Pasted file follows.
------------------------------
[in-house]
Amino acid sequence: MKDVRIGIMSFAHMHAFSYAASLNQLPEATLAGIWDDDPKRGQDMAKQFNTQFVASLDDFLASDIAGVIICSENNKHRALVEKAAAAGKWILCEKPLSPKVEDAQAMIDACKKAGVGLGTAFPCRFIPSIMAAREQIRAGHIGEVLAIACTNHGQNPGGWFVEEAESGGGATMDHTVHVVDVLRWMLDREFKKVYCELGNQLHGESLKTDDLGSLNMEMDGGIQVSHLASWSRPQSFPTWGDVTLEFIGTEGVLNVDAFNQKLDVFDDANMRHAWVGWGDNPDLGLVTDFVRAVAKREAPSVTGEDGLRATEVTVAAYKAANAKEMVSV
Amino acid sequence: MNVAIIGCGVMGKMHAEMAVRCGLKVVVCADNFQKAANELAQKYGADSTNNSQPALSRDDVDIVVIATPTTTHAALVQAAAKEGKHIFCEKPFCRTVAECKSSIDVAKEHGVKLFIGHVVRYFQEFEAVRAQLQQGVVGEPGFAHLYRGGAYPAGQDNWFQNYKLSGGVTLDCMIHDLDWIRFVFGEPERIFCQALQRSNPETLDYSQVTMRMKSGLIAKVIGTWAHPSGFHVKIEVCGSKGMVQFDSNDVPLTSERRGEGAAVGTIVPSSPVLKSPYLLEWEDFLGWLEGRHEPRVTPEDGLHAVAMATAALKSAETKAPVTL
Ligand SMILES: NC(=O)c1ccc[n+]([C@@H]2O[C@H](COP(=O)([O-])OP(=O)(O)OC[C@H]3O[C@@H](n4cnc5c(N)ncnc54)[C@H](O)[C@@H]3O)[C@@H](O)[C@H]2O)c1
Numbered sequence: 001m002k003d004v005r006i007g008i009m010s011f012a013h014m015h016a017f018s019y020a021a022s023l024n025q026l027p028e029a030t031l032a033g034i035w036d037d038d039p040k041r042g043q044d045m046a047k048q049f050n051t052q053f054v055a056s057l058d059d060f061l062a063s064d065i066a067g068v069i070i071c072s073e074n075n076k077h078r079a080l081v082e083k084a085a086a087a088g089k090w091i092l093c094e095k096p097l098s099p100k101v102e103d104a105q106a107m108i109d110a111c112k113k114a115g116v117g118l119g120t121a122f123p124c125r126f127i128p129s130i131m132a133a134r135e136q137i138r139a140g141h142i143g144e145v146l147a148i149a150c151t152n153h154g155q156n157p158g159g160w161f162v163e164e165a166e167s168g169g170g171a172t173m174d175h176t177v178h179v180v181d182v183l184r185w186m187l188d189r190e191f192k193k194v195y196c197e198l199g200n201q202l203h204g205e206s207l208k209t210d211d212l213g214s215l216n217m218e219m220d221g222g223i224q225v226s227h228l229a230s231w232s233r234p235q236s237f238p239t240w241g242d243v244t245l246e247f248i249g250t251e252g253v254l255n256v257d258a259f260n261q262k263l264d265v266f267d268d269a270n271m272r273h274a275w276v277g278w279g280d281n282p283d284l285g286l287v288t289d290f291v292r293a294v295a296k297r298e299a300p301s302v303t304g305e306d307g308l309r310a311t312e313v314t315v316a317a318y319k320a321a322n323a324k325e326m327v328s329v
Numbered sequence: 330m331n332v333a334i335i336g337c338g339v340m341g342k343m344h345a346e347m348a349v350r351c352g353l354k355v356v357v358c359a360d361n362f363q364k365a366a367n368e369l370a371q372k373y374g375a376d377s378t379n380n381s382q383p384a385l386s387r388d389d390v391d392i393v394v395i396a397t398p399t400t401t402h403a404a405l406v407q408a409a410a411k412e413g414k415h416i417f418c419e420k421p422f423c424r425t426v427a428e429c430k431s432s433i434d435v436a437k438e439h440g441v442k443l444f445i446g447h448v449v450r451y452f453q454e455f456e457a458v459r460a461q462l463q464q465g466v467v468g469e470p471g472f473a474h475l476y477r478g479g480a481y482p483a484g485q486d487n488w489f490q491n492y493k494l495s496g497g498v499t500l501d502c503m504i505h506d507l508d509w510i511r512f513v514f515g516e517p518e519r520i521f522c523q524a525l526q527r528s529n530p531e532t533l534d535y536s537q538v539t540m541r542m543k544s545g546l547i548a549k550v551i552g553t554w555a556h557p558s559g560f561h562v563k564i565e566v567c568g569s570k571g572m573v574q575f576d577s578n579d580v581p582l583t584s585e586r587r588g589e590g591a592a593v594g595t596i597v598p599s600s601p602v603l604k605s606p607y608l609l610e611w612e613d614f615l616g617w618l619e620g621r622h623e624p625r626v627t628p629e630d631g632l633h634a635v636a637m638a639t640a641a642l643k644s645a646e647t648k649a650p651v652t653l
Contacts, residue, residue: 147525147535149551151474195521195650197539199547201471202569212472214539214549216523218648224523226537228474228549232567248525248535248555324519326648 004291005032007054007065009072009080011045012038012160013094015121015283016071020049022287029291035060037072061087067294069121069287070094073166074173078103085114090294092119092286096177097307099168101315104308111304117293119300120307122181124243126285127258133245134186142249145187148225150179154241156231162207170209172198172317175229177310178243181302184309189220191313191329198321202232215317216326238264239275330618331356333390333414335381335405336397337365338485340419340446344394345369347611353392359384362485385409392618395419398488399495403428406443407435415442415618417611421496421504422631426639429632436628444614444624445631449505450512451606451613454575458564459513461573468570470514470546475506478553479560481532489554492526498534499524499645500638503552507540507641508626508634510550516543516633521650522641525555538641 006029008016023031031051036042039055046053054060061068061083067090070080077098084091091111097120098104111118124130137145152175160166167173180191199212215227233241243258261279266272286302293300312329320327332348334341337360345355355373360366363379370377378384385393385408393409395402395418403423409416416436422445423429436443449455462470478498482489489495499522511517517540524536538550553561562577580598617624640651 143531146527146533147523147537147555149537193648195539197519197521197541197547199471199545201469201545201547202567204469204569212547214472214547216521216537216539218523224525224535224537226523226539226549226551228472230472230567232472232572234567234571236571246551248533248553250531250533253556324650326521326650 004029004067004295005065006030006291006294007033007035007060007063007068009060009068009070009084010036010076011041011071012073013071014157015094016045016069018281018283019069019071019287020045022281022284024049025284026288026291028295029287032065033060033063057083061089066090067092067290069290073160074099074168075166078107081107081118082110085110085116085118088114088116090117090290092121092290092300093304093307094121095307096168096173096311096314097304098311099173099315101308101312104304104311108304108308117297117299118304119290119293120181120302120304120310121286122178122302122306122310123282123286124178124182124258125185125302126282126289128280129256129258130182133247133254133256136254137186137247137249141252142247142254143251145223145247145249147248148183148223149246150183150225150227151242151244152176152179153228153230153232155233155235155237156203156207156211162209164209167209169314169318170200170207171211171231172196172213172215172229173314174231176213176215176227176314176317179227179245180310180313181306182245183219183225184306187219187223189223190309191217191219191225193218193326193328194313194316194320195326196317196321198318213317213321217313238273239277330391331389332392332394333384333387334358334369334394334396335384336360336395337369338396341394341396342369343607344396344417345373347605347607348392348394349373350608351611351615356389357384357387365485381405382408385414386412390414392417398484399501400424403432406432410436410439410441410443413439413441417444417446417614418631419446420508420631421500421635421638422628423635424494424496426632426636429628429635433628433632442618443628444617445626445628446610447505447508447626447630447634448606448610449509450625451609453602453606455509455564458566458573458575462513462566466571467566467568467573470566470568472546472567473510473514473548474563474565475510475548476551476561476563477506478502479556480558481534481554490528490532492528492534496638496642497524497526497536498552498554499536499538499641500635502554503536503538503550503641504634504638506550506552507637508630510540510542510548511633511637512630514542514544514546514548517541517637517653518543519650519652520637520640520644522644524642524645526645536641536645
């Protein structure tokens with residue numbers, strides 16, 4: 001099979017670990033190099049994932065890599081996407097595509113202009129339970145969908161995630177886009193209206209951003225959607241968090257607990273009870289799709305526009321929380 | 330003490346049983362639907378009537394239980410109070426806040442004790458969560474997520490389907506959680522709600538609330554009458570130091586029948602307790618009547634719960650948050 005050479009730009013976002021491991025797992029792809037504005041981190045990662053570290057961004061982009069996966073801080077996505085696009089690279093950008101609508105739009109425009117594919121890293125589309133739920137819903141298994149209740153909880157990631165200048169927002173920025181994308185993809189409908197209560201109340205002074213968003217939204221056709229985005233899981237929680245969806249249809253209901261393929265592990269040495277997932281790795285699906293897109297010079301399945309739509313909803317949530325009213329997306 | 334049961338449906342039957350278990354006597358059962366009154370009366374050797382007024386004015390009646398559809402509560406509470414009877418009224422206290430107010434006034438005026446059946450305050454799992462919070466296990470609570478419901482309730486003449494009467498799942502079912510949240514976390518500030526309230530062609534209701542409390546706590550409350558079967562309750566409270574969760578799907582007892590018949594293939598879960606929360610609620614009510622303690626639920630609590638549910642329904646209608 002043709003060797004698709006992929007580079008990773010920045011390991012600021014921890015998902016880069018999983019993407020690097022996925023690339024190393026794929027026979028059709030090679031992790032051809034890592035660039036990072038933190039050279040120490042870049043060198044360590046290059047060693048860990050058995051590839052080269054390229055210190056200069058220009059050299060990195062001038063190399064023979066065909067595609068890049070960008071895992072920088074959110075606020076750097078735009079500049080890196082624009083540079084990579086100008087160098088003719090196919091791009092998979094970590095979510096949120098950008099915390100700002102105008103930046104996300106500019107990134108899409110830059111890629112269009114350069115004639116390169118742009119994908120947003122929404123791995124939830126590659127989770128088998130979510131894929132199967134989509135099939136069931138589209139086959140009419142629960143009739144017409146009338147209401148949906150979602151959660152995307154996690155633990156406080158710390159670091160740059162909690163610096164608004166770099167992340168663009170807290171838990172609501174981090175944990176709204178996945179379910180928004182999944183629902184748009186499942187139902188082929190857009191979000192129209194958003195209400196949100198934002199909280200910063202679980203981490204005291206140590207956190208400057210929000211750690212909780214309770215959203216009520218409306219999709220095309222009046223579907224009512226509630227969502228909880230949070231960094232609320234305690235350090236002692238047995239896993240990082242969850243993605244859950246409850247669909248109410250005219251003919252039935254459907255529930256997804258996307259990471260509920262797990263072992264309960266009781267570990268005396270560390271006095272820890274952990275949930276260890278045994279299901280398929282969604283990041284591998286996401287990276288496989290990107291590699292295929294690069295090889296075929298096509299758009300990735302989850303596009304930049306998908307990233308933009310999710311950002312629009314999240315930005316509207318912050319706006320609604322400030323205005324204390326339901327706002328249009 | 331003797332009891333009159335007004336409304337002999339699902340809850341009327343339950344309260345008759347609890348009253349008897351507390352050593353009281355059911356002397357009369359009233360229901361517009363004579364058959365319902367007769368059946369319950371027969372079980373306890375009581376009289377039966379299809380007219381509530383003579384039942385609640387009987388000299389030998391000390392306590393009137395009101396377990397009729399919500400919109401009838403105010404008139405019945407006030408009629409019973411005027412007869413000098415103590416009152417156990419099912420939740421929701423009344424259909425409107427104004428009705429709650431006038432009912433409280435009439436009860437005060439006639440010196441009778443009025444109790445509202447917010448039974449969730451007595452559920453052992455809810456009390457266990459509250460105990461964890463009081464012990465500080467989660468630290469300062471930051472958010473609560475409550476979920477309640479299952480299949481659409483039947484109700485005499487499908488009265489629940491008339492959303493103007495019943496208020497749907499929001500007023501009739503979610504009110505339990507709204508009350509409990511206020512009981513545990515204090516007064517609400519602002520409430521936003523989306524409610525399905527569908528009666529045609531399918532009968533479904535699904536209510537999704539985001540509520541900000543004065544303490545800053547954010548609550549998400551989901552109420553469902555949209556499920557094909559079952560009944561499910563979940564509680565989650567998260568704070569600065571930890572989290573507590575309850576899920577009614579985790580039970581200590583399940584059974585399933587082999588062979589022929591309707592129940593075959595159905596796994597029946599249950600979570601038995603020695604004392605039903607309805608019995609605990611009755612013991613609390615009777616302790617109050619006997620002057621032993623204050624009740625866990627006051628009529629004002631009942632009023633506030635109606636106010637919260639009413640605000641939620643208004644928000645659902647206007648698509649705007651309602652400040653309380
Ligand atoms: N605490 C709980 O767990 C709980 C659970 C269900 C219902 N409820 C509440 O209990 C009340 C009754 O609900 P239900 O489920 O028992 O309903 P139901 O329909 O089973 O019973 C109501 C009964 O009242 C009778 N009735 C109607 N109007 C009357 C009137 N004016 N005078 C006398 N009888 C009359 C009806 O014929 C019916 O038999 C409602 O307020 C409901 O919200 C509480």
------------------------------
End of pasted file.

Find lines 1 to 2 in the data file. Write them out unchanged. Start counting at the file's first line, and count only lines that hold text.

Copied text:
[in-house]
Amino acid sequence: MKDVRIGIMSFAHMHAFSYAASLNQLPEATLAGIWDDDPKRGQDMAKQFNTQFVASLDDFLASDIAGVIICSENNKHRALVEKAAAAGKWILCEKPLSPKVEDAQAMIDACKKAGVGLGTAFPCRFIPSIMAAREQIRAGHIGEVLAIACTNHGQNPGGWFVEEAESGGGATMDHTVHVVDVLRWMLDREFKKVYCELGNQLHGESLKTDDLGSLNMEMDGGIQVSHLASWSRPQSFPTWGDVTLEFIGTEGVLNVDAFNQKLDVFDDANMRHAWVGWGDNPDLGLVTDFVRAVAKREAPSVTGEDGLRATEVTVAAYKAANAKEMVSV